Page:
PDF/DjVu, but are embedded in the file and so searchable and can be
       examined, typically with the "Properties" option of the document
       viewer.

       The metadata are completely optional, but can also be used to generate
       the filename see preferences for details.

       The date can be selected with use of the calendar widget. The displayed
       date can be incremented or decremented with use of the '+' and '-'
       keys.

       DjVu

       Both black and white, and colour images produce better compression than
       PDF. See <http://www.djvuzone.org/> for more details.

       Email as PDF

       Attaches the selected or all pages as a PDF to a blank email.  This
       requires xdg-email, which is in the xdg-utils package.  If this is not
       present, the option is ghosted out.

       Print

       Prints the selected or all pages.

       Compress temporary files

       If your temporary ($TMPDIR) directory is getting full, this function
       can be useful - compressing all images at LZW-compressed TIFFs. These
       require much less space than the PNM files that are typically produced
       by SANE or by importing a PDF.

   Edit
       Delete

       Deletes the selected page.

       Renumber

       Renumbers the pages from 1..n.

       Note that the page order can also be changed by drag and drop in the
       thumbnail view.

       Select

       The select menus can be used to select, all, even, odd, blank, dark or
       modified pages. Selecting blank or dark pages runs imagemagick to make
       the decision.  Selecting modified pages selects those which have
       modified by threshold, unsharp, etc., since the last OCR run was made.

       Properties

       When an image is scanned, gscan2pdf attempts to extract the resolution
       from the scan options. This nearly always works without problem.

       Importing an image can be trickier, however. Some image formats such as
       PNM do not encode metadata for resolution. In other cases, the data is
       incorrect.  Edit/Properties allows the user to manually correct the
       metadata for a particular page, thus correcting the size of final PDF
       or DjVu. The image itself is otherwise not changed - it is not down- or
       upscaled.

       Preferences

       The preferences menu item allows the control of the default behaviour
       of various functions. Most of these are self-explanatory.

       Frontends

       gscan2pdf initially supported two frontends, scanimage and scanadf.
       scanadf support was added when it was realised that scanadf works
       better than scanimage with some scanners. On Debian-based systems,
       scanadf is in the sane package, not, like scanimage, in sane-utils. If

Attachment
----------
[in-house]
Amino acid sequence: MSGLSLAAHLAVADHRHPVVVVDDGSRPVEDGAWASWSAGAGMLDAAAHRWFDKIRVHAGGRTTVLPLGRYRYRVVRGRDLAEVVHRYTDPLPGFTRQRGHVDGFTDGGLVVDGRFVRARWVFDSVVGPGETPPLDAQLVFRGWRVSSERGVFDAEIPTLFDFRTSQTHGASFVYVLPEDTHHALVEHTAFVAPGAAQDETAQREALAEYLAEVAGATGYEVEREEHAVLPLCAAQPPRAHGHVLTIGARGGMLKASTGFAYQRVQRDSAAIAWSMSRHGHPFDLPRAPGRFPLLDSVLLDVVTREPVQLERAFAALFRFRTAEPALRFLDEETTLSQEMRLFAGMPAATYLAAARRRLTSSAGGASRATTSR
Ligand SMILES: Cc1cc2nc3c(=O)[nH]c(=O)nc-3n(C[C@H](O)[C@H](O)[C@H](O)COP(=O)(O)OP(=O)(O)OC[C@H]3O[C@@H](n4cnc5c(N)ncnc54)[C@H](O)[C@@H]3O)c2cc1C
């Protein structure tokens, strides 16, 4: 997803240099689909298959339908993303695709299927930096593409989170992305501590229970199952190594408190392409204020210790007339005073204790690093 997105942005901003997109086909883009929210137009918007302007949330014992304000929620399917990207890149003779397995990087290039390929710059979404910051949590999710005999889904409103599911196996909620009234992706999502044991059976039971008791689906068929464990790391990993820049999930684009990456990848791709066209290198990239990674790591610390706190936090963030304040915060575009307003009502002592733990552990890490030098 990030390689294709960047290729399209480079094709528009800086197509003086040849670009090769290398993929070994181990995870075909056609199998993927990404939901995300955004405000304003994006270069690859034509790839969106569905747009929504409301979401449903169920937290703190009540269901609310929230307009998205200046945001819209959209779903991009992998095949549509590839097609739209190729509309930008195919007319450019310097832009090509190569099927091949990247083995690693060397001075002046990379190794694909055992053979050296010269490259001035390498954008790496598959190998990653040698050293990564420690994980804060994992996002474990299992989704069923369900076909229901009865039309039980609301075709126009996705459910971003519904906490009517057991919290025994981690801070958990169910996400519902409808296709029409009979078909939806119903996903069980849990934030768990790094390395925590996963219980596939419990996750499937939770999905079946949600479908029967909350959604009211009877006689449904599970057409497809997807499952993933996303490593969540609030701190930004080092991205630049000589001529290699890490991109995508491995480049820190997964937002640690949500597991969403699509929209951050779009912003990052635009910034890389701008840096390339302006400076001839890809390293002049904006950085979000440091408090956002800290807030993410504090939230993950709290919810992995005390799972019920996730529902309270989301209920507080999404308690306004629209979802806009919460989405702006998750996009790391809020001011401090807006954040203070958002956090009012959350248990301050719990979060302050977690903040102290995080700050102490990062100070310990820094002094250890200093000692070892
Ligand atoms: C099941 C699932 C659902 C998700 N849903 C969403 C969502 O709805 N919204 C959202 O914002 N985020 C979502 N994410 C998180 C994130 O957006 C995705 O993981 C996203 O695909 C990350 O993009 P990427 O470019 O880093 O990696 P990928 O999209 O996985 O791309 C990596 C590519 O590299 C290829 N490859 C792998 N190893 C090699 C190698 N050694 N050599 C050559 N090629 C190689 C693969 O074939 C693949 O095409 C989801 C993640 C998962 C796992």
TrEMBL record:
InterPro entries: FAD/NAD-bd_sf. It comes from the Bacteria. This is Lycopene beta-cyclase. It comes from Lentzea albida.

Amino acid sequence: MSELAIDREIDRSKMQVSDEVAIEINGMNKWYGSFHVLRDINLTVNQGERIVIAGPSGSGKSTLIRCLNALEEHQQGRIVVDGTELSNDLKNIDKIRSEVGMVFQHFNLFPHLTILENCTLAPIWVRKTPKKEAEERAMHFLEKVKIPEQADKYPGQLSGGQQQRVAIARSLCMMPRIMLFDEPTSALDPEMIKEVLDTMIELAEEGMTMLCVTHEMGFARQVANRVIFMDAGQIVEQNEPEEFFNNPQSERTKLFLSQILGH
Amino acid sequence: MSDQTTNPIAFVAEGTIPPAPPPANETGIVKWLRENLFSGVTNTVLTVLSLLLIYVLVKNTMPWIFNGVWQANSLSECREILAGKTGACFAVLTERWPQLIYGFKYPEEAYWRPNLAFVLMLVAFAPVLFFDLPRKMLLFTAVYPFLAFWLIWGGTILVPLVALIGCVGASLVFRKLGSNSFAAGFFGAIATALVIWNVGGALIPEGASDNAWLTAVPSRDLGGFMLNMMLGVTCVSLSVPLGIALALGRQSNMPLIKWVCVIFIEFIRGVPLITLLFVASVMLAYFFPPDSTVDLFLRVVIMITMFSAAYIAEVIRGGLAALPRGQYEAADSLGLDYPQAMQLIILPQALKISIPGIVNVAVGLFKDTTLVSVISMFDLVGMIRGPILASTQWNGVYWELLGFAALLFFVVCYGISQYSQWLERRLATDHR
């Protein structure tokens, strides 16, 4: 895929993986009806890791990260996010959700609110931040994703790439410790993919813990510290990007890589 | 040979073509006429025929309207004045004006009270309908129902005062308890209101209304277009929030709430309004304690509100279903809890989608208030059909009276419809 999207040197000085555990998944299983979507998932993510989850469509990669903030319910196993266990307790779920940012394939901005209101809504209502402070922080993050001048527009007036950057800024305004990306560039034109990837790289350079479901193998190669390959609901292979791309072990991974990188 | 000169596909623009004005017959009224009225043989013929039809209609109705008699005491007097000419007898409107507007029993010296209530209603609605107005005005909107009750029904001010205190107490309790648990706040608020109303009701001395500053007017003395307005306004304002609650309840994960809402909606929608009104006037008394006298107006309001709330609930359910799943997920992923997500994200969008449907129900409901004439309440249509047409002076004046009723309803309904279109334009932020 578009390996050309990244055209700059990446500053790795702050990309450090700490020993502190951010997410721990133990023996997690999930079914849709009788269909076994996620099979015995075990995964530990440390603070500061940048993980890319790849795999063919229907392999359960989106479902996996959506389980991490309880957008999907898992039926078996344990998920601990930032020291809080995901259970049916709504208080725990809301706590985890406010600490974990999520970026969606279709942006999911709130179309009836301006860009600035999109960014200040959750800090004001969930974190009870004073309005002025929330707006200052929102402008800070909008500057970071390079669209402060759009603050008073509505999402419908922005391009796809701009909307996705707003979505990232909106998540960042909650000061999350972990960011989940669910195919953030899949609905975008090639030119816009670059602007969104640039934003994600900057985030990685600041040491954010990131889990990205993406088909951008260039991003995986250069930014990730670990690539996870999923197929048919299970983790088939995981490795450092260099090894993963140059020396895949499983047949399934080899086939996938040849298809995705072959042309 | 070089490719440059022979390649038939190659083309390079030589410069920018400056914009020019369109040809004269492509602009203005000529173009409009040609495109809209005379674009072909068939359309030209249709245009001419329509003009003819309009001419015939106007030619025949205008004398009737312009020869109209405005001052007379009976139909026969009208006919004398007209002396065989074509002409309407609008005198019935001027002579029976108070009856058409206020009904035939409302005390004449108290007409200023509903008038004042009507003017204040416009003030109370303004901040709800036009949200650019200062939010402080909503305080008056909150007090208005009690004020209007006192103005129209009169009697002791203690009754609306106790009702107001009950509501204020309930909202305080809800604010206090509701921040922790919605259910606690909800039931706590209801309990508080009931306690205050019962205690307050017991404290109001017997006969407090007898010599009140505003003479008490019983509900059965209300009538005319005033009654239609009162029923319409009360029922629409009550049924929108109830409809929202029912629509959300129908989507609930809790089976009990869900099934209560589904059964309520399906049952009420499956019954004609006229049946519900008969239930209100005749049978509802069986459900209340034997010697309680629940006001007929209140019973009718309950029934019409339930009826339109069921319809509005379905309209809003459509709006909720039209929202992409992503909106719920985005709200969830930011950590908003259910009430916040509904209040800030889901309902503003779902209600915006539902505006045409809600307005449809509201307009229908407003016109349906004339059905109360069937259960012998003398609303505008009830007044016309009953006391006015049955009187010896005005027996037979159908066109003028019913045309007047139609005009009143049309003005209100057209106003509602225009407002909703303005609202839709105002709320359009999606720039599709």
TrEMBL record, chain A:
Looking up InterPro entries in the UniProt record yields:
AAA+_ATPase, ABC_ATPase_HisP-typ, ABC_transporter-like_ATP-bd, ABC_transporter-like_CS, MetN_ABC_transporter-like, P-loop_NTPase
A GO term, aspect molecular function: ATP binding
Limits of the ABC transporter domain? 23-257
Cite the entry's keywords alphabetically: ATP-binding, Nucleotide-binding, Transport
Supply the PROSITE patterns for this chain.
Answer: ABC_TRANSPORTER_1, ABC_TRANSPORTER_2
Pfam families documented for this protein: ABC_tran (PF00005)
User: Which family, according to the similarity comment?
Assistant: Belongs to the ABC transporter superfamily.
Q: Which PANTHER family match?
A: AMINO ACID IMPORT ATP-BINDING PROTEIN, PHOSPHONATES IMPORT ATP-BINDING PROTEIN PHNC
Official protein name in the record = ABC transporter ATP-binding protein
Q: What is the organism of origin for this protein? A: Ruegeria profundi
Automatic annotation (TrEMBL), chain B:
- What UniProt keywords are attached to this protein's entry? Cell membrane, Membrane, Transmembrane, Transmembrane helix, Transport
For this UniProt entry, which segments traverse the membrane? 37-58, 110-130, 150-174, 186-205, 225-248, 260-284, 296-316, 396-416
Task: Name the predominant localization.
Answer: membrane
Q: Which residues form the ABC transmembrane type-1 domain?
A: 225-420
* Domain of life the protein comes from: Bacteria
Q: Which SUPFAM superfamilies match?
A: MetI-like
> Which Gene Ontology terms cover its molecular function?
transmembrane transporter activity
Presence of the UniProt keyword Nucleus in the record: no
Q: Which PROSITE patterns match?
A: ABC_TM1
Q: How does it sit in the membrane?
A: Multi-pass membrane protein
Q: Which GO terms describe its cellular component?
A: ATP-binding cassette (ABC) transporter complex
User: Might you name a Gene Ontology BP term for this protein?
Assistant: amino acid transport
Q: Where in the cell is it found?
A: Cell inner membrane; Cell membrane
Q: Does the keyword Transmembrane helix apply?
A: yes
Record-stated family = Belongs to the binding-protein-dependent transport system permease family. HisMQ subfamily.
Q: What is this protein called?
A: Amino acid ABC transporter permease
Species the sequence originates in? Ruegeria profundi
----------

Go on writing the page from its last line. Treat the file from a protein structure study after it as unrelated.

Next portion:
scanadf is not present, the option is obviously ghosted out.

       In 0.9.27, Perl bindings for SANE were introduced. These are called
       libsane-perl.

       Before 1.2.0, options available through CLI frontends like scanimage
       were made visible as users asked for them. In 1.2.0, all options can be
       shown or hidden via Edit/Preferences, along with the ability to specify
       which options trigger a reload.

       In 1.8.3, New Perl bindings for SANE were introduced. These are called
       libimage-sane-perl and are the preferred frontend.

       In 1.8.5, support for libsane-perl was removed.

       Device blacklist

       Ignore listed devices.

       Note that this is a device name regular expression, e.g. /dev/video,
       and not the name as listed in the scan window, e.g. Noname
       Integrated_Webcam_HD.

       Default filename for PDF or DjVu files

       All strftime codes (e.g. %Y for the current year) are available as
       variables, with the following additions:

        %Da    author
        %De    filename extension
        %Dt    title

       All document date codes use strftime codes with a leading D, e.g.:

        %DY    document year
        %Dm    document month
        %Dd    document day

   View
       Zoom 100%

       Zooms to 1:1. How this appears depends on the desktop resolution.

       Zoom to fit

       Scales the view such that all the page is visible.

       Zoom in

       Zoom out

       Rotate 90° clockwise

       The rotate options require the package imagemagick and, if this is not
       present, are ghosted out.

       Rotate 180°

       Rotate 90° anticlockwise

   Tools
       Threshold

       Changes all pixels darker than the given value to black; all others
       become white.

       Unsharp mask

       The unsharp option sharpens an image. The image is convolved with a
       Gaussian operator of the given radius and standard deviation (sigma).
       For reasonable results, radius should be larger than sigma. Use a
       radius of 0 to have the method select a suitable radius.

       Crop

       unpaper

       unpaper (see <https://www.flameeyes.eu/projects/unpaper>) is a utility
       for cleaning up a scan.

       OCR (Optical Character Recognition)

       The gocr, tesseract, ocropus or cuneiform utilities are used to produce
       text from an image.

       There is an OCR output buffer for each page and is embedded as plain
       text behind the scanned image in the PDF produced. This way, Beagle can
       index (i.e. search) the plain text.

       In DjVu files, the OCR output buffer is embedded in the hidden text
       layer.  Thus these can also be indexed by Beagle.

       There is an interesting review of OCR software at
       <https://web.archive.org/web/20080529012847/http://groundstate.ca/ocr>.
       An important conclusion was that 400ppi is necessary for decent